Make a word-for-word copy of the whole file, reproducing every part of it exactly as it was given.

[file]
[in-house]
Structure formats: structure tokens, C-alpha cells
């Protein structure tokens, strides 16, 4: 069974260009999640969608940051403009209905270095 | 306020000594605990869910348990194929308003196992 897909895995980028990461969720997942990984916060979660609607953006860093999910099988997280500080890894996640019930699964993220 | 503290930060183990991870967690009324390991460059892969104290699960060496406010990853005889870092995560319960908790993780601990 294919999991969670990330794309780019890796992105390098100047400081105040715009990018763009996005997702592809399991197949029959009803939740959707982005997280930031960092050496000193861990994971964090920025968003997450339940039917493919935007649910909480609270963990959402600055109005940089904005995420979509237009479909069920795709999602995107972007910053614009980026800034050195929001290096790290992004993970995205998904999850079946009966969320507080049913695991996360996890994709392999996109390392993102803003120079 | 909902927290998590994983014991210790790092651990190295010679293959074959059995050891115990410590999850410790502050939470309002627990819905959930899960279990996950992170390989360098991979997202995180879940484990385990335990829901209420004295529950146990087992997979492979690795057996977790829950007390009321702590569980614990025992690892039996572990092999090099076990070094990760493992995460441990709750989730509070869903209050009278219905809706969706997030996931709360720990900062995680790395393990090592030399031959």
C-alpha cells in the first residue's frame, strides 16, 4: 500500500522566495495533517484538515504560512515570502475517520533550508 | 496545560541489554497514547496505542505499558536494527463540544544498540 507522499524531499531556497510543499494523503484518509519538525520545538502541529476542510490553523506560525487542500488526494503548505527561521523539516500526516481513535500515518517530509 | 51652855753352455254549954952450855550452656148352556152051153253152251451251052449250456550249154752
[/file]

[in-house]
Structure formats: structure tokens, C-alpha cells
């Protein structure tokens, strides 16, 4: 069974260009999640969608940051403009209905270095 | 306020000594605990869910348990194929308003196992 897909895995980028990461969720997942990984916060979660609607953006860093999910099988997280500080890894996640019930699964993220 | 503290930060183990991870967690009324390991460059892969104290699960060496406010990853005889870092995560319960908790993780601990 294919999991969670990330794309780019890796992105390098100047400081105040715009990018763009996005997702592809399991197949029959009803939740959707982005997280930031960092050496000193861990994971964090920025968003997450339940039917493919935007649910909480609270963990959402600055109005940089904005995420979509237009479909069920795709999602995107972007910053614009980026800034050195929001290096790290992004993970995205998904999850079946009966969320507080049913695991996360996890994709392999996109390392993102803003120079 | 909902927290998590994983014991210790790092651990190295010679293959074959059995050891115990410590999850410790502050939470309002627990819905959930899960279990996950992170390989360098991979997202995180879940484990385990335990829901209420004295529950146990087992997979492979690795057996977790829950007390009321702590569980614990025992690892039996572990092999090099076990070094990760493992995460441990709750989730509070869903209050009278219905809706969706997030996931709360720990900062995680790395393990090592030399031959």
C-alpha cells in the first residue's frame, strides 16, 4: 500500500522566495495533517484538515504560512515570502475517520533550508 | 496545560541489554497514547496505542505499558536494527463540544544498540 507522499524531499531556497510543499494523503484518509519538525520545538502541529476542510490553523506560525487542500488526494503548505527561521523539516500526516481513535500515518517530509 | 51652855753352455254549954952450855550452656148352556152051153253152251451251052449250456550249154752